Lebanese Druse lawmakers split on support for Assad

Jumblatt calls for arming Syrian rebels; Arslan says Jumblatt's opinions don't reflect Lebanon's Druse.

By JPOST.COM STAFF
February 25, 2012 19:52
1 minute read.
Lebanon's Druse leader Walid Jumblatt.

Lebanon's Druse leader Walid Jumblatt 311 R. (photo credit: Mohamed Azakir / Reuters)

 
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Statements by Druse parliamentarians revealed a split in the minority group's leadership regarding its support for Syrian President Bashar Assad and his ongoing crackdown of anti-regime protesters in Syria.

Druse leader and Progressive Socialist Party MP Walid Jumblatt called for "arming" the Syrian regime, and called Assad a megalomaniac in one of his harshest criticism of the Syrian regime yet.

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Speaking with the French Le Monde newspaper, Jumblatt said the Syrian regime is promoting "coalitions comprised of minority communities," and said it was time for the Druse of Syria to decide whether they were for the Assad government or against it.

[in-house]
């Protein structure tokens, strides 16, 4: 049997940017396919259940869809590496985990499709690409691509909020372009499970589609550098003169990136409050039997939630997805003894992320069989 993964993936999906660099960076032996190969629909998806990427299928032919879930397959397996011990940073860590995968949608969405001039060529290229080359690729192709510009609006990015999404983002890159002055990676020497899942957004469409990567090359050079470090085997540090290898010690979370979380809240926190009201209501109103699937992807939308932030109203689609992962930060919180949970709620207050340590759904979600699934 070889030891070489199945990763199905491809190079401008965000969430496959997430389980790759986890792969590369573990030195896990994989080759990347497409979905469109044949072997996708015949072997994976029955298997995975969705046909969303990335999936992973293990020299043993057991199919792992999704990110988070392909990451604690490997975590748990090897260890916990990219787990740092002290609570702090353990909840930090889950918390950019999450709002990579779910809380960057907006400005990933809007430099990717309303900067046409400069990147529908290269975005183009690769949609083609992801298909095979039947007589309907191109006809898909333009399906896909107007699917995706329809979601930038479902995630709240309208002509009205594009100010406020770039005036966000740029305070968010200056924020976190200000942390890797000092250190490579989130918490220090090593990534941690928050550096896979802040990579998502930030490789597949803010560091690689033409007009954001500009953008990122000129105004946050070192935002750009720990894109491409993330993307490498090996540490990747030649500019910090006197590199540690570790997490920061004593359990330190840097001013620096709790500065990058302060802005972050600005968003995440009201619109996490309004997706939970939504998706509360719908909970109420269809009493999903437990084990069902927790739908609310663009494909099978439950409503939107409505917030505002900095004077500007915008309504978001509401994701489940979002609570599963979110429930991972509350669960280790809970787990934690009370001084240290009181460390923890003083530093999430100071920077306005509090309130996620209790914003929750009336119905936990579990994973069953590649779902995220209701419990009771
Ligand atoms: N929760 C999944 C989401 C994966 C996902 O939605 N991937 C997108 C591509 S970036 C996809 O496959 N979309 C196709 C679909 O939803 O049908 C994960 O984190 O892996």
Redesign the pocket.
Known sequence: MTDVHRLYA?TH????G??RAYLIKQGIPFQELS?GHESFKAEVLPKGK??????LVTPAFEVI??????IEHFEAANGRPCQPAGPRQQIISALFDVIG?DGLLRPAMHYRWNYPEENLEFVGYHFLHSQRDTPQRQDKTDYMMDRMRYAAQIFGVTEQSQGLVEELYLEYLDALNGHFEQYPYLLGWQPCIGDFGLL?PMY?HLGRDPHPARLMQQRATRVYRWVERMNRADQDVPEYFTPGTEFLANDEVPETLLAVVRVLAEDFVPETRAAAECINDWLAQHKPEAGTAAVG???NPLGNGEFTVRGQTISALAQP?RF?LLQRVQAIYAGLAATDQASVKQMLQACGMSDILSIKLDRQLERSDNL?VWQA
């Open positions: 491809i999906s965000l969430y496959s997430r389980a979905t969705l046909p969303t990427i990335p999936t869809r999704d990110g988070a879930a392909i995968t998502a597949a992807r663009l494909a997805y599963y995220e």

Meanwhile, Lebanese Druse and leader of the Lebanese Democratic Party Talal Arslan said that Jumblatt's comments do not reflect the opinion of the greater Druse community, according to Lebanese news outlet Now Lebanon.

“Jumblatt expresses his personal position and not that of the Druze sect,” Arslan told the Lebanese television station affiliated with Hezbollah.

Arslan said that while the Lebanese people are wary about the humanitarian situation in Syria, and look at the Syrian government with "hesitation," the situation on the ground in Syria is quite different.

Arslan, who has visited Syria since the uprising began last March, said the situation "is just a big and funded media war."

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“I have roamed in Syria, and there is nothing happening there," he said, according to Now Lebanon.

Both the PSP and and LDP, the parties headed by Jumblatt and Arslan, are a part of Lebanon's ruling March 8 coalition. Hezbollah, a driving force in the March 8 alliance, has openly expressed support of the Assad regime, even as the bloody conflict has resulted in thousands of civilian deaths and approaches the one-year mark.

Both the March 8 coalition and Druse lawmakers in Lebanon are generally supportive of Assad, who, like the Druse, is a member of a minority group in Syria.

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